'Veteran Kids' Documentary Will Bring Attention To Military Families

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Families wait for U.S. service members to arrive during an Operation Welcome Home event at the Baltimore Washington International airport, June 7, 2012.
Air Force hoto by Airman 1st Class Kenneth Norman

In Nov. 2015, Susan Hackley, managing director of the Program on Negotiation at Harvard Law School, released a trailer for a documentary about the impact of war on America’s children and families.


The trailer, titled “Veteran Kids,” allowed civilian children to ask service members’ children what it’s like to have their mothers and fathers serving in the military.

The six-minute video touches on some very heavy topics, including loneliness, future career goals, and death, and will be featured in a full documentary called “A Child’s Guide to War.”

Related: Sesame Street partners with the DoD to help kids with deployment.

According to the Kickstarter page, “‘A Child's Guide to War’ will be a landmark feature documentary asking American children for the first time what they think about war.”

As the film points out, children younger than 14 have known war their entire lives. In fact, there are two million American children who have had a parent serve in Iraq, Afghanistan, or both.

While it’s clear that civilian children feel sympathy for veteran classmates, the gap was easy to spot. The military children featured seem wise well beyond their years.

Watch “Veteran Kids” here.

U.S. Air Force airmen from the 405th Expeditionary Support Squadron work together to clear debris inside the passenger terminal the day after a Taliban-led attack at Bagram Airfield, Afghanistan, Dec. 12, 2019. (U.S. Air Force/Airman 1st Class Brandon Cribelar)

Blasts from Taliban car bombs outside of Bagram Airfield on Wednesday caused extensive damage to the base's passenger terminal, new pictures released by the 45th Expeditionary Wing show.

The pictures, which are part of a photo essay called "Bagram stands fast," were posted on the Defense Visual Information Distribution Service's website on Thursday.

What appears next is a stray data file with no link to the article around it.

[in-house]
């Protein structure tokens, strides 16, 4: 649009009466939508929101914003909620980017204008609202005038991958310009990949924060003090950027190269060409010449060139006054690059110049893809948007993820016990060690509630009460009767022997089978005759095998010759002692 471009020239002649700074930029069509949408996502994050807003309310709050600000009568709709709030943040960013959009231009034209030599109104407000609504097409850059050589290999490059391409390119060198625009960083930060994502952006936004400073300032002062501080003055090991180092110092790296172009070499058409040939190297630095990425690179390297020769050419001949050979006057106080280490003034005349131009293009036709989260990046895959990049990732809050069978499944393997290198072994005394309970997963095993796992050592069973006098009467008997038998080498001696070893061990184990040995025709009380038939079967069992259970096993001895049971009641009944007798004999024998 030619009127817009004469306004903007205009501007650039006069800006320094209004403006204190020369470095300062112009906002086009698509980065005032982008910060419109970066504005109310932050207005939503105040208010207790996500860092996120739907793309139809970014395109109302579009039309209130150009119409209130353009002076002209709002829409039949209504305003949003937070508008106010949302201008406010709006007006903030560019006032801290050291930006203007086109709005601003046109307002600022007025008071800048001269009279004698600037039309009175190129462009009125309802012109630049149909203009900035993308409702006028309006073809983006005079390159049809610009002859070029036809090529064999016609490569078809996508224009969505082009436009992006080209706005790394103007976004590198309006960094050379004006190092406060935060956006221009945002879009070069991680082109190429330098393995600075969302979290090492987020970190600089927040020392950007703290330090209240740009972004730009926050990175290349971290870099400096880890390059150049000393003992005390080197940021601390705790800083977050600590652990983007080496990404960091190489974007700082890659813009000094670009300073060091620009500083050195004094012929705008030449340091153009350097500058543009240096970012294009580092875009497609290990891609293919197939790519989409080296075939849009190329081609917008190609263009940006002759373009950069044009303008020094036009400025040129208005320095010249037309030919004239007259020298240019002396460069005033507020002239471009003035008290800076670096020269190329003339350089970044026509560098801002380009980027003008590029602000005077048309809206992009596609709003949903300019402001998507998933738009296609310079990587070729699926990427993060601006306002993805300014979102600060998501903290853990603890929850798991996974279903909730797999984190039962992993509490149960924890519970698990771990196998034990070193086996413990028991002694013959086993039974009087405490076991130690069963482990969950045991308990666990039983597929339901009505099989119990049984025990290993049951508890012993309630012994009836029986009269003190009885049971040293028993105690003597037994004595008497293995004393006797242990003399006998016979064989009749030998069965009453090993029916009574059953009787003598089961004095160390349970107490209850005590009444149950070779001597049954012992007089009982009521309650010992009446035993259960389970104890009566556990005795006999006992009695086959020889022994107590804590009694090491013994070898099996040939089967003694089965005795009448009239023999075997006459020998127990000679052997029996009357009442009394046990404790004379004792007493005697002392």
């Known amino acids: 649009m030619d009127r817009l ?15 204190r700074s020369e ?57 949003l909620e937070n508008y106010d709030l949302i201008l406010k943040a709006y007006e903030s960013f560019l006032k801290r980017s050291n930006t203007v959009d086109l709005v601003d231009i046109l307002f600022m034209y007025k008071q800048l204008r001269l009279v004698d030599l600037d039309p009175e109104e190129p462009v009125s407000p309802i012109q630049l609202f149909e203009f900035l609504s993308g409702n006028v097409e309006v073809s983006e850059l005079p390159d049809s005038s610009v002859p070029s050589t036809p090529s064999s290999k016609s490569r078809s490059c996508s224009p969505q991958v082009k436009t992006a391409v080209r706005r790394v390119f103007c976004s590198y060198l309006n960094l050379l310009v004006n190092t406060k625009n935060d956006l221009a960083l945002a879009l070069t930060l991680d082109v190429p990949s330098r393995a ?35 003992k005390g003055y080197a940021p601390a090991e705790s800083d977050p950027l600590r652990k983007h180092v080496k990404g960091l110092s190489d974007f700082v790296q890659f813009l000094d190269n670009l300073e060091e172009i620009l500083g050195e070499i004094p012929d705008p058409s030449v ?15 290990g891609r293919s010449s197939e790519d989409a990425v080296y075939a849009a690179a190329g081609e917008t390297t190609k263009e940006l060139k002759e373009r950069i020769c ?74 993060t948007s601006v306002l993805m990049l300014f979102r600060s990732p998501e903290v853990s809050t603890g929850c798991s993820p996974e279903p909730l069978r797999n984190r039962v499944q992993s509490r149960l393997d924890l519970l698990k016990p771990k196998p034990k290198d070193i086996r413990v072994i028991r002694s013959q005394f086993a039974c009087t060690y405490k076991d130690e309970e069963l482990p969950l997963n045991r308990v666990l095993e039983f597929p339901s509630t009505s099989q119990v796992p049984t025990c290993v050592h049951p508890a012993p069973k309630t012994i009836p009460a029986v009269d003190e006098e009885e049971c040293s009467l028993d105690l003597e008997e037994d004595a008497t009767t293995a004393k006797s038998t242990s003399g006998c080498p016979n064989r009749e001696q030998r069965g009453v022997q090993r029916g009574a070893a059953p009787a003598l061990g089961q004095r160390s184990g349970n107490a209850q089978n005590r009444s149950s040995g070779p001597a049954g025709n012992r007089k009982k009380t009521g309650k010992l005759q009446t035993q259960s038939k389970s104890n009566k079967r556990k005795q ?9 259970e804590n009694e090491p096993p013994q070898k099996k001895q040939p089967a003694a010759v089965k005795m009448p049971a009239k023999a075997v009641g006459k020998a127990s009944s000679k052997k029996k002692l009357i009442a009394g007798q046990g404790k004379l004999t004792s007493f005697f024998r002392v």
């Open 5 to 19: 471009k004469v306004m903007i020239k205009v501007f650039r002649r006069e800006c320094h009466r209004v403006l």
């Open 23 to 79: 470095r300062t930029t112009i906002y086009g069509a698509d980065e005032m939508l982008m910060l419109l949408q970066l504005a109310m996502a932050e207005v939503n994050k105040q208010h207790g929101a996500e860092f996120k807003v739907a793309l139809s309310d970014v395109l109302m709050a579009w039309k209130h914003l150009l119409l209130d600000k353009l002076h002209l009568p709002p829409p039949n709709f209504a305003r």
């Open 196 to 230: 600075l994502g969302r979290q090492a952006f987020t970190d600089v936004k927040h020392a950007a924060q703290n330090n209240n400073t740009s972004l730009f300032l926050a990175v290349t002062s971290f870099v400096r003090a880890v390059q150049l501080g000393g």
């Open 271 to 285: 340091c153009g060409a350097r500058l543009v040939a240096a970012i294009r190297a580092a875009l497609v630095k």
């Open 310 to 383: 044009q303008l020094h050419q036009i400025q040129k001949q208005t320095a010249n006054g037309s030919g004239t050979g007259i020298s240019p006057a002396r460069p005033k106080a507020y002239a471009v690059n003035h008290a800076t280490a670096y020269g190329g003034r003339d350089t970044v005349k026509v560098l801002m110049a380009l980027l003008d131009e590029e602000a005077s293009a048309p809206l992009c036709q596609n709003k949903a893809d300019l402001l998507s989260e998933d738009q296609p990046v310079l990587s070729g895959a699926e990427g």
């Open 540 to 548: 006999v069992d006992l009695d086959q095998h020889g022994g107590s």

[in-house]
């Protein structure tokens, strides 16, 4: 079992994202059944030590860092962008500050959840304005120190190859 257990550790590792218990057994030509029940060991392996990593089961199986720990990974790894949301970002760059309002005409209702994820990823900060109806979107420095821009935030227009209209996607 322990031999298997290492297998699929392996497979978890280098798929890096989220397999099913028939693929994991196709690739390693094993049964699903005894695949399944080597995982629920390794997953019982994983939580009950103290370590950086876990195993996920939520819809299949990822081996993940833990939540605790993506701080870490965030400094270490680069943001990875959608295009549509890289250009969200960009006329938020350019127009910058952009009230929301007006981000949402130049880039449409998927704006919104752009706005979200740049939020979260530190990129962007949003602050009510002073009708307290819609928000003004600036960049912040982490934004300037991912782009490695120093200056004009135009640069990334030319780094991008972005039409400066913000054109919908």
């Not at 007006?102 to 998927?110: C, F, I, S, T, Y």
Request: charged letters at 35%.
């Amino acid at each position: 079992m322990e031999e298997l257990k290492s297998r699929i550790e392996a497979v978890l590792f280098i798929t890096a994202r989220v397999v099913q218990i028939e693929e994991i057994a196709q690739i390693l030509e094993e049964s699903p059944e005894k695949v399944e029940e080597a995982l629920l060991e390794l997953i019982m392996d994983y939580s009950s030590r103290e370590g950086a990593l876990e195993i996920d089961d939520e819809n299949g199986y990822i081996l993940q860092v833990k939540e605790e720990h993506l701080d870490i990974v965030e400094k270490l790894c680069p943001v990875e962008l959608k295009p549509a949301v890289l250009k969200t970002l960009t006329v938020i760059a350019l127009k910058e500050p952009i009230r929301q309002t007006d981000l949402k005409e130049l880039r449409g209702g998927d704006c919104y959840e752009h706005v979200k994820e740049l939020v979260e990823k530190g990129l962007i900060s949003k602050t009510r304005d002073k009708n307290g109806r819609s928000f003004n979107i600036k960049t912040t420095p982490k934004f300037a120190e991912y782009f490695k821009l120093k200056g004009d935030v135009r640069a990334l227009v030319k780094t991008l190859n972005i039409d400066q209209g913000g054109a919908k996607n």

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The U.S. Navy Arleigh Burke-class guided-missile destroyer USS Fitzgerald (DDG 62) returns to Fleet Activities Yokosuka following a collision with a merchant vessel while operating southwest of Yokosuka, Japan, June 17, 2017 (U.S. Navy photo)

Editor's Note: The following is an op-ed. The opinions expressed are those of the author, and do not necessarily reflect the views of Task & Purpose.

Shortly after seven sailors died aboard USS Fitzgerald when she collided with a merchant ship off Japan in 2017, I wrote that the Fitzgerald's watch team could have been mine. My ship had once had a close call with me on watch, and I had attempted to explain how such a thing could happen. "Operating ships at sea is hard, and dangerous. Stand enough watches, and you'll have close calls," I wrote at the time. "When the Fitzgerald's investigation comes out, I, for one, will likely be forgiving."

The investigations, both public and private, are out, and the Government Accountability Office (GAO) recently released a report assessing the changes to training implemented since the collisions.

So, am I forgiving? Yes — for some.

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Belgian nurse Augusta Chiwy, left, talks with author and military historian Martin King moments before receiving an award for valor from the U.S. Army, in Brussels, Dec. 12, 2011. (Associated Press/Yves Logghe)

Editor's note: a version of this story first appeared in 2015.

Most people haven't heard of an elderly Belgian-Congolese nurse named Augusta Chiwy. But students of history know that adversity and dread can turn on a dime into freedom and change, and it's often the most humble and little-known individuals who are the drivers of it.

During the very darkest days of the Battle of the Bulge in World War II, Chiwy was such a catalyst, and hundreds of Americans lived because of her. She died quietly on Aug. 23, 2015, at the age of 94 at her home in Brussels, Belgium, and had it not been for the efforts of my friend — British military historian Martin King — the world may never have heard her astonishing story.

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A Ukrainian serviceman watches from his position at the new line of contact in Zolote, Luhansk region, eastern Ukraine Nov. 2, 2019 (AP Photo/Evgeniy Maloletka)

More than $20 million of the Pentagon aid at the center of the impeachment fight still hasn't reached Ukraine.

The continued delay undermines a key argument against impeachment from President Trump's Republican allies and a new legal memo from the White House Office of Management and Budget.

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(Glow Images via Associated Press_

Average pay, housing and subsistence allowances will increase for members of the military in 2020, the Pentagon announced Thursday.

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